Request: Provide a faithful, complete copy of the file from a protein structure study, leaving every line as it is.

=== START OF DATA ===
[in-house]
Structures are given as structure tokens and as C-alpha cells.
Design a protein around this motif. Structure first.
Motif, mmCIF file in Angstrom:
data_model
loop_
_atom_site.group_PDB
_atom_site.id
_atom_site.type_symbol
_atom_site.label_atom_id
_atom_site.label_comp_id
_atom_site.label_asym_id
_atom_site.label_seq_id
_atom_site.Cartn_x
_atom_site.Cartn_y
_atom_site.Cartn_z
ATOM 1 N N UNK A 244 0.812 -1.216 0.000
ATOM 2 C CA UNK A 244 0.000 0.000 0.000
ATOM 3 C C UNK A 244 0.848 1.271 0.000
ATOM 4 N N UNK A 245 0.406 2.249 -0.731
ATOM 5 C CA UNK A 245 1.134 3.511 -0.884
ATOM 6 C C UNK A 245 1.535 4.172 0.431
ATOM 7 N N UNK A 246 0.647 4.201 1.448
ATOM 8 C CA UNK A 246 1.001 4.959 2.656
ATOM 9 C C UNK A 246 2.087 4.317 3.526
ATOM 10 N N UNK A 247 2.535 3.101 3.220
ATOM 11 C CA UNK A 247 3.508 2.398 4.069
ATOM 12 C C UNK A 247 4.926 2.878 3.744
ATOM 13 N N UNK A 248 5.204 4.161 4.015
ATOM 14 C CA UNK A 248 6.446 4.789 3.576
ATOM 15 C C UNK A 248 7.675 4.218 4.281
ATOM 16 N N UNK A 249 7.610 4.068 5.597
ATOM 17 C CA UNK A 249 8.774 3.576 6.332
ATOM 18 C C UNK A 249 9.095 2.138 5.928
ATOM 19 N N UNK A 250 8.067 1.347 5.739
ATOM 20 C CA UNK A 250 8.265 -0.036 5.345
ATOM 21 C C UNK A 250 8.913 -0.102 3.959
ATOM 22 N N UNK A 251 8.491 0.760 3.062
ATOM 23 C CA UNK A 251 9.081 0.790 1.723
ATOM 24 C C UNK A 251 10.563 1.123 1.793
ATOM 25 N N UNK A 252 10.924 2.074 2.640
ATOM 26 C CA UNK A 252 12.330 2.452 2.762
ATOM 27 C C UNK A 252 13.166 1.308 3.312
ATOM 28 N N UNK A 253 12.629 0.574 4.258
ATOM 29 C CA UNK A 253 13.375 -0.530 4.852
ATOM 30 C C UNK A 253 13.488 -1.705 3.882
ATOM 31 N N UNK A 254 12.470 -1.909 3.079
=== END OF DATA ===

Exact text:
[in-house]
Structures are given as structure tokens and as C-alpha cells.
Design a protein around this motif. Structure first.
Motif, mmCIF file in Angstrom:
data_model
loop_
_atom_site.group_PDB
_atom_site.id
_atom_site.type_symbol
_atom_site.label_atom_id
_atom_site.label_comp_id
_atom_site.label_asym_id
_atom_site.label_seq_id
_atom_site.Cartn_x
_atom_site.Cartn_y
_atom_site.Cartn_z
ATOM 1 N N UNK A 244 0.812 -1.216 0.000
ATOM 2 C CA UNK A 244 0.000 0.000 0.000
ATOM 3 C C UNK A 244 0.848 1.271 0.000
ATOM 4 N N UNK A 245 0.406 2.249 -0.731
ATOM 5 C CA UNK A 245 1.134 3.511 -0.884
ATOM 6 C C UNK A 245 1.535 4.172 0.431
ATOM 7 N N UNK A 246 0.647 4.201 1.448
ATOM 8 C CA UNK A 246 1.001 4.959 2.656
ATOM 9 C C UNK A 246 2.087 4.317 3.526
ATOM 10 N N UNK A 247 2.535 3.101 3.220
ATOM 11 C CA UNK A 247 3.508 2.398 4.069
ATOM 12 C C UNK A 247 4.926 2.878 3.744
ATOM 13 N N UNK A 248 5.204 4.161 4.015
ATOM 14 C CA UNK A 248 6.446 4.789 3.576
ATOM 15 C C UNK A 248 7.675 4.218 4.281
ATOM 16 N N UNK A 249 7.610 4.068 5.597
ATOM 17 C CA UNK A 249 8.774 3.576 6.332
ATOM 18 C C UNK A 249 9.095 2.138 5.928
ATOM 19 N N UNK A 250 8.067 1.347 5.739
ATOM 20 C CA UNK A 250 8.265 -0.036 5.345
ATOM 21 C C UNK A 250 8.913 -0.102 3.959
ATOM 22 N N UNK A 251 8.491 0.760 3.062
ATOM 23 C CA UNK A 251 9.081 0.790 1.723
ATOM 24 C C UNK A 251 10.563 1.123 1.793
ATOM 25 N N UNK A 252 10.924 2.074 2.640
ATOM 26 C CA UNK A 252 12.330 2.452 2.762
ATOM 27 C C UNK A 252 13.166 1.308 3.312
ATOM 28 N N UNK A 253 12.629 0.574 4.258
ATOM 29 C CA UNK A 253 13.375 -0.530 4.852
ATOM 30 C C UNK A 253 13.488 -1.705 3.882
ATOM 31 N N UNK A 254 12.470 -1.909 3.079